NLA Statement on FDA Drug Safety Communication Regarding Statins and Pregnancy

Last Updated: Tuesday, 24-Aug-2021 13:00:00 EDT

The U.S. Food and Drug Administration released a Drug Safety Communication on July 20, 2021, concerning the removal of the strongest warning against using statins during pregnancy. The warning states that statins should never be used in any patients during pregnancy.

After reviewing recent literature, the FDA is now requesting that manufacturers of statins remove FDA’s strongest warning in the current prescribing information.   Observational studies of statin use in pregnant women have not identified a drug-associated risk of major birth defects when controlling for other risks such as diabetes. Data are insufficient to determine if there is a drug-associated risk of miscarriage.  Overall, animal data suggest limited potential of statins to cause birth defects or miscarriage and limited potential to affect nervous system development in an unborn baby. However, because statins decrease the body’s ability to make cholesterol and possibly other substances, the FDA notes that it is possible these medicines could harm an unborn baby when taken by a pregnant mother.

Removing the warning will enable clinicians and patients to make individual decisions about benefits and risks of statin use. Because some patients at very high risk for cardiovascular events (e.g., those with homozygous familial hypercholesterolemia or with prior cardiovascular events) may benefit from statins, individual clinicians may consider the possible benefits of continuing statins during pregnancy. The FDA communication did state that breastfeeding is not recommended in patients taking a statin.  There are data for some statins showing that they can pass into breast milk.   If a woman needs to or wants to take a statin after delivery, she should not breastfeed the baby.  The statin should be stopped until breastfeeding ends.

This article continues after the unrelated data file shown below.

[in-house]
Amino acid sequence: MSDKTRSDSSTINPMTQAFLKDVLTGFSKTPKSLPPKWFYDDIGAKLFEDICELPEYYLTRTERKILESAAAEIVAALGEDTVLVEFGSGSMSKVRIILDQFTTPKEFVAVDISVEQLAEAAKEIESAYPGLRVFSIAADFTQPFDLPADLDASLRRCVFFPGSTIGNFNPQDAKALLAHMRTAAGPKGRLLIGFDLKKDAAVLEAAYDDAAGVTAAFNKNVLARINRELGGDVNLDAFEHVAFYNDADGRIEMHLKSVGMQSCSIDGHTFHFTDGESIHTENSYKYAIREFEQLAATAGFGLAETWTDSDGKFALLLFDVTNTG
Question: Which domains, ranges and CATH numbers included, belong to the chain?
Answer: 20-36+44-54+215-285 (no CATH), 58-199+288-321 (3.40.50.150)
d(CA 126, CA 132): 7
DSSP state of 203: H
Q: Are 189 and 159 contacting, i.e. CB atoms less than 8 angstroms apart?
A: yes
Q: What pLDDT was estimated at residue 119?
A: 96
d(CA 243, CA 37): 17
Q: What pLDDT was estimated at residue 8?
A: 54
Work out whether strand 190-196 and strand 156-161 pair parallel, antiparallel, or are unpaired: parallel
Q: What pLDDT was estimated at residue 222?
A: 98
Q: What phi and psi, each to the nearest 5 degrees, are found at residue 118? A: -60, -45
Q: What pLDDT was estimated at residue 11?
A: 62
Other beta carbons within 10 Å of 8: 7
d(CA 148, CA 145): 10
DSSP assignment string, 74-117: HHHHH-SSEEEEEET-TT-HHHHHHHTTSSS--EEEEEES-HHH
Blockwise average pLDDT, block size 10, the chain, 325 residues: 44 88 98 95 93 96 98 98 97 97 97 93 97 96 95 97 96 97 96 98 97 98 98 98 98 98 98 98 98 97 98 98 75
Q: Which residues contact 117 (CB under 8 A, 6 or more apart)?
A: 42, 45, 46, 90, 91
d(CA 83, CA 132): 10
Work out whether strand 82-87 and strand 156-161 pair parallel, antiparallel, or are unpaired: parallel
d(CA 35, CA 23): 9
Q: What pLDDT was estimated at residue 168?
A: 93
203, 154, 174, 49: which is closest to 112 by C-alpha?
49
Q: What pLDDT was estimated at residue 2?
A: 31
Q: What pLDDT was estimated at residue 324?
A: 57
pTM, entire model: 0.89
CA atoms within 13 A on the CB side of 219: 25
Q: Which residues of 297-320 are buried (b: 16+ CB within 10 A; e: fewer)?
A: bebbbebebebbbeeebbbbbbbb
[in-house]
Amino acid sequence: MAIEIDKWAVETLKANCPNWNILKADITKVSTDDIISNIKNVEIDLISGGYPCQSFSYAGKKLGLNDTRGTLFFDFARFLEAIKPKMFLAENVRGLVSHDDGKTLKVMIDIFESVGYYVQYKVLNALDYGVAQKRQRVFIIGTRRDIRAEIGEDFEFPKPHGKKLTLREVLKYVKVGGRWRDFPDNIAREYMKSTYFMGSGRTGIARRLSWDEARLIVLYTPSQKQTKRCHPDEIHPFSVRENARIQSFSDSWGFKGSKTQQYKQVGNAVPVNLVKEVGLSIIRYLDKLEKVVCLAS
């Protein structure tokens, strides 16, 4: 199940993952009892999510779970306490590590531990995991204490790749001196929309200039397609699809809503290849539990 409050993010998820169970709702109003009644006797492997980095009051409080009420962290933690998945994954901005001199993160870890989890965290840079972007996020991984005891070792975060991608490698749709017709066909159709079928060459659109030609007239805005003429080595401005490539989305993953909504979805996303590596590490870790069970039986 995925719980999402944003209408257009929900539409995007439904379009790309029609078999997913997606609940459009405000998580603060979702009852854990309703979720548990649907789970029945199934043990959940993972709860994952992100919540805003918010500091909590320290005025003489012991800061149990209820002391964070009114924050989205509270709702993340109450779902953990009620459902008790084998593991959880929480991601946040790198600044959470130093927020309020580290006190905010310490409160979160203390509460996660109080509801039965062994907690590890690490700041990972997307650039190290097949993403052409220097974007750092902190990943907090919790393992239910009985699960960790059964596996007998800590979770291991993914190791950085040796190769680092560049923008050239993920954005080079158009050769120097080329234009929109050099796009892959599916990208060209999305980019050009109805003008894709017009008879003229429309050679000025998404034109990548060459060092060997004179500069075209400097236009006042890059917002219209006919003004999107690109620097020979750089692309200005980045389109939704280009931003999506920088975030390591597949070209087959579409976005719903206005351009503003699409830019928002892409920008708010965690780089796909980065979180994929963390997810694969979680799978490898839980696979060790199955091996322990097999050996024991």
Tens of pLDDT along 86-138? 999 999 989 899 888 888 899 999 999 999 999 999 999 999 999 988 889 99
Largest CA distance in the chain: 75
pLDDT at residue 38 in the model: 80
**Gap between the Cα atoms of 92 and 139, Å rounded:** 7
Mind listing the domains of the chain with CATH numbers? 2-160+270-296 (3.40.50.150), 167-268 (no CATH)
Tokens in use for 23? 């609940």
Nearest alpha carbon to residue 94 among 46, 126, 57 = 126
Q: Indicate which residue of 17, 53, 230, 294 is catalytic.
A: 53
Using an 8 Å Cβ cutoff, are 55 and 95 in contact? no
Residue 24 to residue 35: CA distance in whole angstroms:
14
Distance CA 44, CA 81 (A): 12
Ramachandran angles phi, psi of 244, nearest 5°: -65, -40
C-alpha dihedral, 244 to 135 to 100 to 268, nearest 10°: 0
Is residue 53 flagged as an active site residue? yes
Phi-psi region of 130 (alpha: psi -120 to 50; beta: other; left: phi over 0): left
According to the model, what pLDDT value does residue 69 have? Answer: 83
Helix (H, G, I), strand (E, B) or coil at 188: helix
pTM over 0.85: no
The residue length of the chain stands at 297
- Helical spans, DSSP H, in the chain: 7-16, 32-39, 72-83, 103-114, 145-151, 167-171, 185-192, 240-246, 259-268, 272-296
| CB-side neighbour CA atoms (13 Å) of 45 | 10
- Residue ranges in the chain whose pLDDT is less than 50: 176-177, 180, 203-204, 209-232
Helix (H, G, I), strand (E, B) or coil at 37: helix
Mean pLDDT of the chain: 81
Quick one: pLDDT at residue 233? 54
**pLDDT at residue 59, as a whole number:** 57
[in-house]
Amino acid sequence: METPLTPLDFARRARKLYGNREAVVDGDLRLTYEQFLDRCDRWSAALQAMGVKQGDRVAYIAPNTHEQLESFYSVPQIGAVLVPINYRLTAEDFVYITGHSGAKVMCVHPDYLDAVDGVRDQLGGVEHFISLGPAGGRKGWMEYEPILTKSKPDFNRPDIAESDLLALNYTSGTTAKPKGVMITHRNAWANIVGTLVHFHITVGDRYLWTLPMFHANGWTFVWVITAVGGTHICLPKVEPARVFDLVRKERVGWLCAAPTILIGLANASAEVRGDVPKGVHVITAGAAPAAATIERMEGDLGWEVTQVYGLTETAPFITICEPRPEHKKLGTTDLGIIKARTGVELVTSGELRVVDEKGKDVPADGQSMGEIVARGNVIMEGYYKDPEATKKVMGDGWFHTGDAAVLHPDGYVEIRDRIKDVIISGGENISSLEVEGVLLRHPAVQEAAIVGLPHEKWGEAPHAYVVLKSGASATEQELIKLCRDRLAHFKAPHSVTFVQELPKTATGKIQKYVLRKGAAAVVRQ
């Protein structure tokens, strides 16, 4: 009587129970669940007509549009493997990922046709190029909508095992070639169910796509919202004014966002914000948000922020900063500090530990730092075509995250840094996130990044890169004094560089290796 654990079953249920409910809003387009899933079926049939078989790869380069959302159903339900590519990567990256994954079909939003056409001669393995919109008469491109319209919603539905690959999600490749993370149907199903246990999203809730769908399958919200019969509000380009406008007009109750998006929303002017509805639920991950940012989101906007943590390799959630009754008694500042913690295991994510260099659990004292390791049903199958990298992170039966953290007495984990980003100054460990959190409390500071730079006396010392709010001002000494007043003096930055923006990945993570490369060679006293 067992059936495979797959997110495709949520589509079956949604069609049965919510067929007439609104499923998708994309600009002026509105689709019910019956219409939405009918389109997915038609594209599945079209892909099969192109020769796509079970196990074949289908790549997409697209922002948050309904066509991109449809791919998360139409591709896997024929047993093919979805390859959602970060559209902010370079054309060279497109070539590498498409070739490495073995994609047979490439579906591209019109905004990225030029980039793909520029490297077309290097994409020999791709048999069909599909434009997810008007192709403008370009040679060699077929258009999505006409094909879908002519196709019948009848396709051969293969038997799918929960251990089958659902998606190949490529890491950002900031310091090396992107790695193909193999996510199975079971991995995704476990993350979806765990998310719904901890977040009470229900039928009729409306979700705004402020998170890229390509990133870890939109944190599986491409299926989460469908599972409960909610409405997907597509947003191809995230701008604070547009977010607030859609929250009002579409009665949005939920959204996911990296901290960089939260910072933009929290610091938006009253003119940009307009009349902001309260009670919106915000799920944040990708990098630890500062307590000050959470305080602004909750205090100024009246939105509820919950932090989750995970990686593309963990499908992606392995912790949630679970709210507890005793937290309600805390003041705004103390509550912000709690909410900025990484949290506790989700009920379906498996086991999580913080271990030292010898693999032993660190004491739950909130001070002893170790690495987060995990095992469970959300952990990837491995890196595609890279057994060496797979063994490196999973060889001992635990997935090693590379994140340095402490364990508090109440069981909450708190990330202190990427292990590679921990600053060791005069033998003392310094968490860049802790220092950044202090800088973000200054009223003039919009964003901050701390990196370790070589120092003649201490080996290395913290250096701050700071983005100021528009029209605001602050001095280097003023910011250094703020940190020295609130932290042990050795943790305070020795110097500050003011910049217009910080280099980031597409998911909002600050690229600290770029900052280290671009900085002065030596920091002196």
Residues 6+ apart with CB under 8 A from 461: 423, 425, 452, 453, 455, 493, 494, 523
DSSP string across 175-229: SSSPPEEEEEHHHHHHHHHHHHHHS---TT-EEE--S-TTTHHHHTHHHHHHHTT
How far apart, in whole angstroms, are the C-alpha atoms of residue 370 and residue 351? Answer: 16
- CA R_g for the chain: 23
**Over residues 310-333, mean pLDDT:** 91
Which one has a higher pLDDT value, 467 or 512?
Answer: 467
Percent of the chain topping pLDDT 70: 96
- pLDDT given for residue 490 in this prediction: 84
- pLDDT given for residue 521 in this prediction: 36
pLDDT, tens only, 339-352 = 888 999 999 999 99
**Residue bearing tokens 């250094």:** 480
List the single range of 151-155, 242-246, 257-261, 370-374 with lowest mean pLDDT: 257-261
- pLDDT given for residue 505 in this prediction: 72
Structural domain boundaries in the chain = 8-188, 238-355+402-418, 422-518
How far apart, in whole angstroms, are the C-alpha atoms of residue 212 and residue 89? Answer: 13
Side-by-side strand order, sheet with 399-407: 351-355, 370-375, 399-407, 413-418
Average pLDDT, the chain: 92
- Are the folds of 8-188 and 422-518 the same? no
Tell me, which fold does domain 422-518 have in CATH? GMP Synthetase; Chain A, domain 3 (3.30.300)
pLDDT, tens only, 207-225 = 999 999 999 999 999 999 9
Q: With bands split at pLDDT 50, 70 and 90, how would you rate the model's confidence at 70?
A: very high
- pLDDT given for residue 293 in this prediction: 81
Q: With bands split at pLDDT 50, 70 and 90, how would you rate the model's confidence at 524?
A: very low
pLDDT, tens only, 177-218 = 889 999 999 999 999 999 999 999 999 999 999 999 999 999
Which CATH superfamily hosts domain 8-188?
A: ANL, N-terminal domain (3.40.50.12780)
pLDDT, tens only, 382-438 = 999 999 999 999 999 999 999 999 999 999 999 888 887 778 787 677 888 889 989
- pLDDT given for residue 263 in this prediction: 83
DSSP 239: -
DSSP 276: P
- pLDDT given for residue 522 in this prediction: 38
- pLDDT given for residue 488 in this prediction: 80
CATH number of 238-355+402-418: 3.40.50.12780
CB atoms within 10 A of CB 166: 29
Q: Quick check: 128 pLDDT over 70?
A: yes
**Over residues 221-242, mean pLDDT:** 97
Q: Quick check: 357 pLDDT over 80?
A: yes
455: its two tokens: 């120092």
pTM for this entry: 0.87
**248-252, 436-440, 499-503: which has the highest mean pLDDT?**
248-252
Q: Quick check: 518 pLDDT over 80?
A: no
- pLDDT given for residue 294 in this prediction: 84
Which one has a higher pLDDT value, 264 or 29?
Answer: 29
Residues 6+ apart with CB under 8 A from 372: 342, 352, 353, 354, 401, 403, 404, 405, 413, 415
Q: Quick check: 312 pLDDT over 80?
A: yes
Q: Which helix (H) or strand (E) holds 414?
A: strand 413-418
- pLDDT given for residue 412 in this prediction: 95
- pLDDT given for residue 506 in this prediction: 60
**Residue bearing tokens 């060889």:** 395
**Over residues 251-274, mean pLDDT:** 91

One particular comment that may be beneficial for patient care is that the FDA affirms that statins are safe in women who are not pregnant but could become pregnant. These women can be reassured that unintended exposure to statins during early pregnancy is unlikely to be harmful to the developing fetus.   Most clinicians may still choose to stop statins prior to a planned pregnancy.